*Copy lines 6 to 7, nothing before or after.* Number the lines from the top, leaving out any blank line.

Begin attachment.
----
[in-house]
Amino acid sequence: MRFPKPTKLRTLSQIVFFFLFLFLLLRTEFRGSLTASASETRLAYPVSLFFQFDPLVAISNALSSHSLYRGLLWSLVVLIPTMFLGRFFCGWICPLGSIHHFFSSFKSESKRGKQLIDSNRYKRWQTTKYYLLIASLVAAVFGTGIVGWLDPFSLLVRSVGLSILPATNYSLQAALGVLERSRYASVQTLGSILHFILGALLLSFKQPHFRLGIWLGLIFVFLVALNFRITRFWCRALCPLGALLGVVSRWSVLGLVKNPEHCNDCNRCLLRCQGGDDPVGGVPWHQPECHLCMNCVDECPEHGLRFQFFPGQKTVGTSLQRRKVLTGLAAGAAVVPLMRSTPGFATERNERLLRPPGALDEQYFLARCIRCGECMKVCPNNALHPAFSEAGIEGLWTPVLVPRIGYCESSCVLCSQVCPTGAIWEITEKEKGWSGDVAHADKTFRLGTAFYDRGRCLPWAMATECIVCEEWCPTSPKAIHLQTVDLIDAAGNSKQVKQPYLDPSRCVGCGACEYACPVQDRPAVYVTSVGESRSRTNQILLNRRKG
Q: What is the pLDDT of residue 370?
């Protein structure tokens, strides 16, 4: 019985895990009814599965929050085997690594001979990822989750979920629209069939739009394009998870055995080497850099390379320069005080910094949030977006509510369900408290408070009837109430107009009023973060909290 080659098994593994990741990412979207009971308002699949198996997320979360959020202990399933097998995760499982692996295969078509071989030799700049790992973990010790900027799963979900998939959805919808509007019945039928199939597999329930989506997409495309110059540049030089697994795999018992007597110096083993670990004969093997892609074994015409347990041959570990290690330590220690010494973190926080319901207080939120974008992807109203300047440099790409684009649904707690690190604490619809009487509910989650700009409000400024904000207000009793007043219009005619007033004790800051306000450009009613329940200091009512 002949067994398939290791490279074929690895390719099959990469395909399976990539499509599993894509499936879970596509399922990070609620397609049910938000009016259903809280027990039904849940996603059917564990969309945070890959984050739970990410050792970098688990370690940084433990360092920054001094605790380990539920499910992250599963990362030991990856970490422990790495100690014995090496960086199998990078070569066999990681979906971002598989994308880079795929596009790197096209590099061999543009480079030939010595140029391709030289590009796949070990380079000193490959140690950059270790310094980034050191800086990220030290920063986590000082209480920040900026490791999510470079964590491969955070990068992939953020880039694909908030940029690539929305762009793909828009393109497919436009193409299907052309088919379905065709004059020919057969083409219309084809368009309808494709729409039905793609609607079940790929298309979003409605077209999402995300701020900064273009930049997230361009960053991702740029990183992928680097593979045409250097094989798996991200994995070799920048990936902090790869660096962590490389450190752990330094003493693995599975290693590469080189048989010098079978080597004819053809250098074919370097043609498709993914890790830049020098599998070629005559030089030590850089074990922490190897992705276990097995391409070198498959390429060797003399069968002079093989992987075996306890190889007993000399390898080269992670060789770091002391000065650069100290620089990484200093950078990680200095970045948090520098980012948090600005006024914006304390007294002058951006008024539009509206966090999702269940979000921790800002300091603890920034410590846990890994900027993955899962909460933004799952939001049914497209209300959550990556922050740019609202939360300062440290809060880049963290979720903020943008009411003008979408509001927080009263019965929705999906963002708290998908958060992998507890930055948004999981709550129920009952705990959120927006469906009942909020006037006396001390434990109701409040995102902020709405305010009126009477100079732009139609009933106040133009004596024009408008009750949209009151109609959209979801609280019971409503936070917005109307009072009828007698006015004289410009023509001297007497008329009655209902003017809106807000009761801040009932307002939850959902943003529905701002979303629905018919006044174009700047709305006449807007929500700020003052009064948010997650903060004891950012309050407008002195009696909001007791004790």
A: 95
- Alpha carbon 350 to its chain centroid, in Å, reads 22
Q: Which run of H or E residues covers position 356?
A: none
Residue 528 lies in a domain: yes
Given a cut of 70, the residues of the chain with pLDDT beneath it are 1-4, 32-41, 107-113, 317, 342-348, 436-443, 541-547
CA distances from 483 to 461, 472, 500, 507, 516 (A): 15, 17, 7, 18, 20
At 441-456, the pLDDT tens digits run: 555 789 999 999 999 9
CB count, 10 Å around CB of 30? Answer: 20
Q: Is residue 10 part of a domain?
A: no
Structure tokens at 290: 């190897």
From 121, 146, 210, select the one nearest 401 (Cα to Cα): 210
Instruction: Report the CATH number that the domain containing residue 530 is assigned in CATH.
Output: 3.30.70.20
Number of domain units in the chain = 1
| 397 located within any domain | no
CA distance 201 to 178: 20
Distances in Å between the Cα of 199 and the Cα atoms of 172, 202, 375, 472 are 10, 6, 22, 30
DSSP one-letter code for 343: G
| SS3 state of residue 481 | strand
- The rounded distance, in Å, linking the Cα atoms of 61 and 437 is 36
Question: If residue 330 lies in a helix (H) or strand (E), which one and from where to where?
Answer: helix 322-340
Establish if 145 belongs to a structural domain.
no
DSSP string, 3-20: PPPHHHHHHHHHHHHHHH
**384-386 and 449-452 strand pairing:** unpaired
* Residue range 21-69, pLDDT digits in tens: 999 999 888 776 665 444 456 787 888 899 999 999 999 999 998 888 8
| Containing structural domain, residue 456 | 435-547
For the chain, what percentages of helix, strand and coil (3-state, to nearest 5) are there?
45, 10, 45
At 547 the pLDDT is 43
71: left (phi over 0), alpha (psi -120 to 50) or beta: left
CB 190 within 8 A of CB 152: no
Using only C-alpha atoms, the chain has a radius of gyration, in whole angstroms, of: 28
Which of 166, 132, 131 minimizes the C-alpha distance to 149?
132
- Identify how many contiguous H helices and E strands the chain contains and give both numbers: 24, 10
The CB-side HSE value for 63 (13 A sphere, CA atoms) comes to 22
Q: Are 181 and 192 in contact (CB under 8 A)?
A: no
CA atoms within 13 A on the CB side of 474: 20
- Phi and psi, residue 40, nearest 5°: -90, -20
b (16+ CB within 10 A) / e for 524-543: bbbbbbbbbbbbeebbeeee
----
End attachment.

- Alpha carbon 350 to its chain centroid, in Å, reads 22
Q: Which run of H or E residues covers position 356?